Once they reach the age when they can have any reason at all – of course when they’re tiny they don’t have that – but kids gradually reach the age of reason and the sooner you start explaining things to them, the better.
To me, you don’t need to hit them or smack them to make the explanation.
Q: But what I’m trying to drill down to here is, when your children hit the terrible twos, and they can’t be reasoned with, they just ‘want, want, want’ now, ‘get out my way’, whatever, what did you do, how did you enforce the point.
A: Well it depends on the situation, you just deal with it at the time. As a parent you’re much physically bigger than they are, so for example if they won’t put their sweater on and you want them to put their sweater on, well you can physically put it on them. And if they won’t go into their bedrooms you can physically put them into their bedrooms. Yeah, when they’re that age you can physically manage them better than when they’re 14, but stages of child-rearing and what you can do are so different depending on age.
You can tell them not to do it. I certainly would have yelled quite often! You can put them in their room or take them away from situations. You can try and distract them.
Q: Let’s say you’re taking little ones into their room, and they’re kicking and screaming while you’re dragging them in, were you comfortable with that?
A: Yes, but, yes, but I mean, but when kids are little you do physically have to look after them and make sure they’re safe, and that’s part of a parent’s job. If safe means putting them in a cot or safe means putting them in their room, but that’s not hitting children, that’s just looking after them.
Q: I’ll come back to it, but I think most parents, like you, have yelped at their kids, but aren’t you worried that if a simple smack disappears as a form of discipline and parents feel they can’t do that, then they will simply take out their frustrations with much more verbal abuse of children in many ways?
A: Well that would be awful, and I think that verbal abuse, psychological abuse, is just as bad in many ways as physical abuse, and it can actually be worse sometimes – the psychological impacts of how parents can freeze out their children, or abuse their children or call them names, or be really denigrating and humiliating to their children verbally – that can actually have a worse effect in some cases than physical violence.
Repeal of s59 is only one small strand of what we need to do. A big part of this is actually putting sufficient resource into support for all the community and church groups and other organizations that help to train parents on different techniques of child-rearing that don’t involve either physical or psychological violence. And also into the organizations that provide support to families in trouble where the parent or parents are really desperate: ‘How can I bring up this kid, what can I do about this kid that’s causing me all these problems?’
At the same time as repealing s59 we have to give a lot more support to parents and families. It’s not something that stands alone.
But why s59 is the key is because it is saying is the State legitimizes a degree of violence unspecified against our children.
Q: Yeah, I understand the legal perspective you have of it. In terms of verbal abuse, I’ve seen kids who are browbeaten without a finger ever having been laid on them –
A: Reduced to a sense of nothingness –
Q: And their spirits are broken. Why can’t the law tackle that then?
A: I don’t know what the law can do about that particularly. It’s certainly something that should be tackled with education and training and support from parents, and I suppose broader public education campaigns as well.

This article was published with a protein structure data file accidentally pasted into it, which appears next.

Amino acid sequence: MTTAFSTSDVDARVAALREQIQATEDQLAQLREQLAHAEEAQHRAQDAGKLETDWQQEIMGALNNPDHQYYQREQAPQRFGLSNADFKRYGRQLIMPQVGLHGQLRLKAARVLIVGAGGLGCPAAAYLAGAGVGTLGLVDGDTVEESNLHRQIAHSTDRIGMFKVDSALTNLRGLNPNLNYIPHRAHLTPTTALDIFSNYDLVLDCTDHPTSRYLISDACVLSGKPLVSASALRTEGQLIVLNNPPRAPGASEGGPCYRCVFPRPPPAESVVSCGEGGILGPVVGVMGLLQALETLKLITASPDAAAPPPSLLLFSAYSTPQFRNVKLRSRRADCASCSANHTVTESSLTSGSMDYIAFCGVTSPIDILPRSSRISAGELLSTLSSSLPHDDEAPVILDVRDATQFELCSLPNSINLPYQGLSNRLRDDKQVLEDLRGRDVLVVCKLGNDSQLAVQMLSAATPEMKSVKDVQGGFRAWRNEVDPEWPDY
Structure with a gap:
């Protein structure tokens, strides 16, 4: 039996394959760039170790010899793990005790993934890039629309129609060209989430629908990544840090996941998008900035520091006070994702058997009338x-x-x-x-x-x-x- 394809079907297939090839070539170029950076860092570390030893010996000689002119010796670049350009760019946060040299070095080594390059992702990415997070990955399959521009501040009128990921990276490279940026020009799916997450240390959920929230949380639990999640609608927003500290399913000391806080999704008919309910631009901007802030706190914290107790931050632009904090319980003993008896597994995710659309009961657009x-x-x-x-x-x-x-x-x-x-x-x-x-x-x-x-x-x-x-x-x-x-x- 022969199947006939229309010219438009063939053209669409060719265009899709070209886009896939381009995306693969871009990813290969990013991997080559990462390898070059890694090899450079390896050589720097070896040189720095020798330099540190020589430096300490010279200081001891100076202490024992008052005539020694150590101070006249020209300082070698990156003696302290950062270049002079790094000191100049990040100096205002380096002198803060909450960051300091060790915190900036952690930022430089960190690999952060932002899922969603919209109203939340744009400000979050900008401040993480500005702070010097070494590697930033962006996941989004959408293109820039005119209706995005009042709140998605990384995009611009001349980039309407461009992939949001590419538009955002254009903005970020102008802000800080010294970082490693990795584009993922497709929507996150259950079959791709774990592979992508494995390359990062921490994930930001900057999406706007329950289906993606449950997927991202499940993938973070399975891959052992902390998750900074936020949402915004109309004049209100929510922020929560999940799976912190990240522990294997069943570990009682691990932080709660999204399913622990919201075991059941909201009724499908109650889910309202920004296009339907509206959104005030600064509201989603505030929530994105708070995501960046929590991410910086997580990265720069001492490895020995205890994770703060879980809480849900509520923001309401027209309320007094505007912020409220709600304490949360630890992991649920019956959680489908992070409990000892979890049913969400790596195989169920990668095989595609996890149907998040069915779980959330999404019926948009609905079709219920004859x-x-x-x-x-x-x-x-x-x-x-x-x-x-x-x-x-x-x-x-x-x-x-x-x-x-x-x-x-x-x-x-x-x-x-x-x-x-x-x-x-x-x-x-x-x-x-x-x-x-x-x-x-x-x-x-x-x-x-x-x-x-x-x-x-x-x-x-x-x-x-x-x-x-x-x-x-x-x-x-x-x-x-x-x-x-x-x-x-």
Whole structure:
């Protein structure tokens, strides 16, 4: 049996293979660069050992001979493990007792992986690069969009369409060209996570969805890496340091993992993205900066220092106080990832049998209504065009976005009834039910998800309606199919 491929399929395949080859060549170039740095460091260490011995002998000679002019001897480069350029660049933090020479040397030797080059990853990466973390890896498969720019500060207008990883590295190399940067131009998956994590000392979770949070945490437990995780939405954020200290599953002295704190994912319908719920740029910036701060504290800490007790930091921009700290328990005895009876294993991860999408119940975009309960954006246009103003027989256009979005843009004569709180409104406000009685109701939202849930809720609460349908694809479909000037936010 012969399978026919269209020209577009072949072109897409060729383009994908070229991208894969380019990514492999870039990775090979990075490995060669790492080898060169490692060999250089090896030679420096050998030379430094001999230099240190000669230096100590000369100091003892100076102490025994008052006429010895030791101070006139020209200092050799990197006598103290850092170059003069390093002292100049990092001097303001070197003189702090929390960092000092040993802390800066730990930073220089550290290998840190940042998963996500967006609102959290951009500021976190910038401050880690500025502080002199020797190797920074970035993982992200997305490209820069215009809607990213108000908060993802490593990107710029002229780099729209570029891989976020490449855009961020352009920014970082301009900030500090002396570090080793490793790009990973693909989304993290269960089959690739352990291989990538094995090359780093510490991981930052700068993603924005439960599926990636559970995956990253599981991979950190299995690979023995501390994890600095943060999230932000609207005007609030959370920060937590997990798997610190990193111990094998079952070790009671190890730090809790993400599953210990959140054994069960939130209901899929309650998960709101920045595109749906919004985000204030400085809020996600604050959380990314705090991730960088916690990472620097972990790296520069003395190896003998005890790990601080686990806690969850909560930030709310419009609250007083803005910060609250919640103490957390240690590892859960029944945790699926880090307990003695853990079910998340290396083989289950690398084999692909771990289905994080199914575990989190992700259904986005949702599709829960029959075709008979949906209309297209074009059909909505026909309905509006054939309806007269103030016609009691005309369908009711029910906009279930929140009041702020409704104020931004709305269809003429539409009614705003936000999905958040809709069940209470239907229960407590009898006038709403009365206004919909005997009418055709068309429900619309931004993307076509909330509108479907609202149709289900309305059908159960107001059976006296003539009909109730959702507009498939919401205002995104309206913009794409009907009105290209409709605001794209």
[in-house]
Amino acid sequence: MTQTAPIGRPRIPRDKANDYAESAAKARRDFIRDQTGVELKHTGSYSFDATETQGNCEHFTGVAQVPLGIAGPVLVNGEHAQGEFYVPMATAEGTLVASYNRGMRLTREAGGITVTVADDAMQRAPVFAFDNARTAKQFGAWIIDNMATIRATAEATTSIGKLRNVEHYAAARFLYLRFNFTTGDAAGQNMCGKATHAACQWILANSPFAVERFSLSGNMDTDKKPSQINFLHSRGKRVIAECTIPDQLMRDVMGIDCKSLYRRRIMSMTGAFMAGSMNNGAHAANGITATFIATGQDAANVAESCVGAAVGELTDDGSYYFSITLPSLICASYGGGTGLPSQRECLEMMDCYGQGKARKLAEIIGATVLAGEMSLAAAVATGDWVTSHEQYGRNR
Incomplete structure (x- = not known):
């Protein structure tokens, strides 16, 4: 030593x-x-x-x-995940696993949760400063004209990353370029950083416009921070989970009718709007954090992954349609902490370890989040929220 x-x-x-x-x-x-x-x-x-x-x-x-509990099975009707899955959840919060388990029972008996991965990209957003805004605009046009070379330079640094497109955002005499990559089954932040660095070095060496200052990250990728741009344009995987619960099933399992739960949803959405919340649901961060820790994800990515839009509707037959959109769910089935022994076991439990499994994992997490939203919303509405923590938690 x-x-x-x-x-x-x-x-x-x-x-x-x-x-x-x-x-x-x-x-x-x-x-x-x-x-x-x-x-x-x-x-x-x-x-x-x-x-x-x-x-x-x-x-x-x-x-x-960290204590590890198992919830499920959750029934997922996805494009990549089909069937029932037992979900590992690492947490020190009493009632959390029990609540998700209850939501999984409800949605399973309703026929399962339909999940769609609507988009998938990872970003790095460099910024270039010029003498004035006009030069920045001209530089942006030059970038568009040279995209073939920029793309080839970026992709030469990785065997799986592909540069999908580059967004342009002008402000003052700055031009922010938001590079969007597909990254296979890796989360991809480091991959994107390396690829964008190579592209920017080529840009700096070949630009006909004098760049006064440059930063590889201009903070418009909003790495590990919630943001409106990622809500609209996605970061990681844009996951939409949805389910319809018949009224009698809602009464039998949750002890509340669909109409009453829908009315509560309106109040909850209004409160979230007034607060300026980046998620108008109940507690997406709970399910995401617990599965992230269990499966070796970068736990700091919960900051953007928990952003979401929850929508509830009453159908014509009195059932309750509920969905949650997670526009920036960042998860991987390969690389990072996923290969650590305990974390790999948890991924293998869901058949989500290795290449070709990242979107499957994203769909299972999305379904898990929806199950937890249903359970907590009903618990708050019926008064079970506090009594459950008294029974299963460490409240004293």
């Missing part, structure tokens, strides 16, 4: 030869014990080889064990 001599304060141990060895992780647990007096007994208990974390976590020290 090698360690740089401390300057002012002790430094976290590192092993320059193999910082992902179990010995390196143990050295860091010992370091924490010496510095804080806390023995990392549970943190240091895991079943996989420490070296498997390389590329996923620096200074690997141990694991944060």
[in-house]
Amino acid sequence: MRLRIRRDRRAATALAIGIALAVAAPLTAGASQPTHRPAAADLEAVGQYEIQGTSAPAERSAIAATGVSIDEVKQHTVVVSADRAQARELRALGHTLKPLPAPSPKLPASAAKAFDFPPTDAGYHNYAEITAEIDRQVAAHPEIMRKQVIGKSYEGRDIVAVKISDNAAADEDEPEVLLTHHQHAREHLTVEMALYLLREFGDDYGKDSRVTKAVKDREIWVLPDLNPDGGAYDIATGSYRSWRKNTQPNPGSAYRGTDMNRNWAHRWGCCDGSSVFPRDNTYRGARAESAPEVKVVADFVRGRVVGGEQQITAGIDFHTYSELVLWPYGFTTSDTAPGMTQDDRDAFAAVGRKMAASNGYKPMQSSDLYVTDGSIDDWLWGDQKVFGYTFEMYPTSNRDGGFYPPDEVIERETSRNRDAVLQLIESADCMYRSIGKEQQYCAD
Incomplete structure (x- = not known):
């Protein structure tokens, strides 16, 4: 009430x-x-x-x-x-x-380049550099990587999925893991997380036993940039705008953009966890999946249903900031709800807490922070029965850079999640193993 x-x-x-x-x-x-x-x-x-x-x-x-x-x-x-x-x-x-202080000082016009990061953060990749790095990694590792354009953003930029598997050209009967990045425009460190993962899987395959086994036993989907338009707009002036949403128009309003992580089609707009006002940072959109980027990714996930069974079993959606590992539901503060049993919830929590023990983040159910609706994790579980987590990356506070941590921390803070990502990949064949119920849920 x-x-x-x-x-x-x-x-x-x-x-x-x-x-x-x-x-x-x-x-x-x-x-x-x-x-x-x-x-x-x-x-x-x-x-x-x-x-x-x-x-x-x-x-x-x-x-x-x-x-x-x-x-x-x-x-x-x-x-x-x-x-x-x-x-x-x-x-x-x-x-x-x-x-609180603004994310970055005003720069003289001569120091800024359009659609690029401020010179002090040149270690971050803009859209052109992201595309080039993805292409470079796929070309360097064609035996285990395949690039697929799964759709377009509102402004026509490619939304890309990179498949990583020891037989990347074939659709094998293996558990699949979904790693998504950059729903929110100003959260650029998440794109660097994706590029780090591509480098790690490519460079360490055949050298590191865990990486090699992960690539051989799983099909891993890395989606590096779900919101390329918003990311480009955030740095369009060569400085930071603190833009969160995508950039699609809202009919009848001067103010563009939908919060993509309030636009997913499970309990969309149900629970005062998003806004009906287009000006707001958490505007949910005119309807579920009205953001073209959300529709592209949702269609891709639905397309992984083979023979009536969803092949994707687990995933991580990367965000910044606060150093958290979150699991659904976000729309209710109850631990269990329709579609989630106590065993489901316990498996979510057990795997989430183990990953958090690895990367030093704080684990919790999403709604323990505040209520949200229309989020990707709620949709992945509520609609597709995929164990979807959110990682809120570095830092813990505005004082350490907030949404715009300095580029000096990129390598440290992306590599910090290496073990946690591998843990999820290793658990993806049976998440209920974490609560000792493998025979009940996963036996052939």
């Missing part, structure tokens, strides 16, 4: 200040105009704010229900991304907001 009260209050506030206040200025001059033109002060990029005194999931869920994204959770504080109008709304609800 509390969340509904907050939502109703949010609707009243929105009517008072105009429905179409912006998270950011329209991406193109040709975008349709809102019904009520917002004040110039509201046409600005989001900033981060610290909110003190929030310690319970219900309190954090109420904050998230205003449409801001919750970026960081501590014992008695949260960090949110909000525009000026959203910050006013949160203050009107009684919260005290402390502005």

Q: I’m going to play Devil’s advocate with you on the point: if, as I suspect, there are more cases of children being verbally abused and broken-hearted by that sort of thing than probably there are kids where smacking has turned into physical abuse –
A: I don’t know if you can say, I mean the statistics on abuse and neglect of our children are –
Q: Yeah, but I think the difference is, they’re not abused per se because there’s a decent pair of parents who smacked them. They’re abused because there are parents, or a parent, who just doesn’t care. And the parenting skills are just so poor, and the parent probably doesn’t know what the law is nor care.
A: That’s right, but the fact that we have a defence on our books of reasonable force, it adds to that culture that accepts violence, or that hitting children or smacking children is OK. For some parents, and you’re right – the less equipped a parent is to cope the more likely they are to do it – but for example the fathers or mothers who shake their babies to discipline them because they pissed on the floor, and then the baby is badly injured or died – even though there’s nothing about the law in that parent’s head, it’s an extension of our culture which we’ve had since settlement that says it’s actually a parent’s right to physically hit or beat or smack their child to try and get them to do what you as an adult want them to do.
It’s that thinking – so many kids are brought up in a family that believes that they should be smacked, beaten or hit when they are kids, they grow up with the idea of a parent’s right to beat, and when they have their babies it’s transmitted from generation to generation, and that cycle is what we’ve got to break.
Q: Were you ever smacked as a child?
A: Yeah, but not much.
Q: So it didn’t screw you up?
A: (Bursts out laughing) I have no idea! You’re the first one to ever ask me that question, and I really don’t know the answer!
Q: What I am going to ask you is the one you’ve probably been asked a million times, but it is a fair question and it is this: If we got down to the core of it you’d acknowledge that the real problem is not with the traditional two parent family who take a keen interest in the welfare of their kids, supporting them, loving them. It’s the sort of family you’d see in Once Were Warriors where some of the really nasty abuse is happening. Do you recognize that there is a fundamental difference between a smack on the backside or the hand that doesn’t extend into a full-on beating – and parents who are just criminals and beat the proverbial out of their children? You must, you would acknowledge there is a difference?
A: Of course. I mean there’s a whole spectrum of assault and violence, with murder at one end and a light smack at the other end. That spectrum is there all the time. Trying to repeal reasonable force is driven by the fact that in a number of court cases as you know people have gotten away with actually severely beating their children in my point of view.